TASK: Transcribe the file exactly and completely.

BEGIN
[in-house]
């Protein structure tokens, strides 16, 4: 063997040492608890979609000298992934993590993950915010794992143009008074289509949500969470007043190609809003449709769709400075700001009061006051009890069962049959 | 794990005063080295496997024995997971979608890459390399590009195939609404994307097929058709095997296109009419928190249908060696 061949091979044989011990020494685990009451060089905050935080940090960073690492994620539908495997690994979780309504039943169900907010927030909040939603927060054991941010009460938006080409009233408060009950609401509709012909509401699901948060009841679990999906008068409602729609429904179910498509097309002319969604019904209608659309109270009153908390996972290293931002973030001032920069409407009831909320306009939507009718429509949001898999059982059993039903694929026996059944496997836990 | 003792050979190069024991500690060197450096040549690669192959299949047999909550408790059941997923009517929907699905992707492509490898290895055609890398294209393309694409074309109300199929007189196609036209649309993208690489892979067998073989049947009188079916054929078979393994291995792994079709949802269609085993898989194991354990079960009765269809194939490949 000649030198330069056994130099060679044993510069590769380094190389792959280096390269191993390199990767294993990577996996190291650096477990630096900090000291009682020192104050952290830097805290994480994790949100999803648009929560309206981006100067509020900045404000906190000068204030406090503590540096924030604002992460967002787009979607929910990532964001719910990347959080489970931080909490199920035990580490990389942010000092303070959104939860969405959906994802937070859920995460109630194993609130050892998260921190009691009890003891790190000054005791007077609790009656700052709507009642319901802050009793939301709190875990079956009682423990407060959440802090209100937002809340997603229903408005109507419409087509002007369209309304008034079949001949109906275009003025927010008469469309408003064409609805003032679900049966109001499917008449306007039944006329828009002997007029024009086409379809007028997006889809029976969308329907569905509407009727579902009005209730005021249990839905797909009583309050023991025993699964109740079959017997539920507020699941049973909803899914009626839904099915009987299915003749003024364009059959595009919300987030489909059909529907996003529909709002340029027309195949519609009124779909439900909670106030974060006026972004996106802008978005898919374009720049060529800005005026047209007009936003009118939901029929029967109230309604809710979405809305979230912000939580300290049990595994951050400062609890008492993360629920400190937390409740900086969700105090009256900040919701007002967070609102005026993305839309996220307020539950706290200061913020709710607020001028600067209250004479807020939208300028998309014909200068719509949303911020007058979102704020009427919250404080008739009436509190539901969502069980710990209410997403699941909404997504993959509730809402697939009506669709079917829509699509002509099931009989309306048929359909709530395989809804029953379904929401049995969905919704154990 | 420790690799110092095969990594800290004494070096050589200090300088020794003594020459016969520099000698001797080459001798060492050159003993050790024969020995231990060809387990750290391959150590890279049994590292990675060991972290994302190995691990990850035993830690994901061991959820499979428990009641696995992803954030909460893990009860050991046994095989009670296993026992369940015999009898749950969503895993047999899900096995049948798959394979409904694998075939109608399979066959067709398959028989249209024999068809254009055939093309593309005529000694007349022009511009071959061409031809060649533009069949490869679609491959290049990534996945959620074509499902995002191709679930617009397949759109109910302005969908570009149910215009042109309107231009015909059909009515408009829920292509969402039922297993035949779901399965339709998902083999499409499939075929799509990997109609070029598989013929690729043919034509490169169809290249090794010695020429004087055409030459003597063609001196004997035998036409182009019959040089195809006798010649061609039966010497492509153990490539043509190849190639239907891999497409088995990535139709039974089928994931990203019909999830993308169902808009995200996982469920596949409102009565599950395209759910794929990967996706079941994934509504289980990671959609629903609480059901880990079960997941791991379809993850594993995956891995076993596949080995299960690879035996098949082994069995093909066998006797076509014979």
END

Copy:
[in-house]
């Protein structure tokens, strides 16, 4: 063997040492608890979609000298992934993590993950915010794992143009008074289509949500969470007043190609809003449709769709400075700001009061006051009890069962049959 | 794990005063080295496997024995997971979608890459390399590009195939609404994307097929058709095997296109009419928190249908060696 061949091979044989011990020494685990009451060089905050935080940090960073690492994620539908495997690994979780309504039943169900907010927030909040939603927060054991941010009460938006080409009233408060009950609401509709012909509401699901948060009841679990999906008068409602729609429904179910498509097309002319969604019904209608659309109270009153908390996972290293931002973030001032920069409407009831909320306009939507009718429509949001898999059982059993039903694929026996059944496997836990 | 003792050979190069024991500690060197450096040549690669192959299949047999909550408790059941997923009517929907699905992707492509490898290895055609890398294209393309694409074309109300199929007189196609036209649309993208690489892979067998073989049947009188079916054929078979393994291995792994079709949802269609085993898989194991354990079960009765269809194939490949 000649030198330069056994130099060679044993510069590769380094190389792959280096390269191993390199990767294993990577996996190291650096477990630096900090000291009682020192104050952290830097805290994480994790949100999803648009929560309206981006100067509020900045404000906190000068204030406090503590540096924030604002992460967002787009979607929910990532964001719910990347959080489970931080909490199920035990580490990389942010000092303070959104939860969405959906994802937070859920995460109630194993609130050892998260921190009691009890003891790190000054005791007077609790009656700052709507009642319901802050009793939301709190875990079956009682423990407060959440802090209100937002809340997603229903408005109507419409087509002007369209309304008034079949001949109906275009003025927010008469469309408003064409609805003032679900049966109001499917008449306007039944006329828009002997007029024009086409379809007028997006889809029976969308329907569905509407009727579902009005209730005021249990839905797909009583309050023991025993699964109740079959017997539920507020699941049973909803899914009626839904099915009987299915003749003024364009059959595009919300987030489909059909529907996003529909709002340029027309195949519609009124779909439900909670106030974060006026972004996106802008978005898919374009720049060529800005005026047209007009936003009118939901029929029967109230309604809710979405809305979230912000939580300290049990595994951050400062609890008492993360629920400190937390409740900086969700105090009256900040919701007002967070609102005026993305839309996220307020539950706290200061913020709710607020001028600067209250004479807020939208300028998309014909200068719509949303911020007058979102704020009427919250404080008739009436509190539901969502069980710990209410997403699941909404997504993959509730809402697939009506669709079917829509699509002509099931009989309306048929359909709530395989809804029953379904929401049995969905919704154990 | 420790690799110092095969990594800290004494070096050589200090300088020794003594020459016969520099000698001797080459001798060492050159003993050790024969020995231990060809387990750290391959150590890279049994590292990675060991972290994302190995691990990850035993830690994901061991959820499979428990009641696995992803954030909460893990009860050991046994095989009670296993026992369940015999009898749950969503895993047999899900096995049948798959394979409904694998075939109608399979066959067709398959028989249209024999068809254009055939093309593309005529000694007349022009511009071959061409031809060649533009069949490869679609491959290049990534996945959620074509499902995002191709679930617009397949759109109910302005969908570009149910215009042109309107231009015909059909009515408009829920292509969402039922297993035949779901399965339709998902083999499409499939075929799509990997109609070029598989013929690729043919034509490169169809290249090794010695020429004087055409030459003597063609001196004997035998036409182009019959040089195809006798010649061609039966010497492509153990490539043509190849190639239907891999497409088995990535139709039974089928994931990203019909999830993308169902808009995200996982469920596949409102009565599950395209759910794929990967996706079941994934509504289980990671959609629903609480059901880990079960997941791991379809993850594993995956891995076993596949080995299960690879035996098949082994069995093909066998006797076509014979």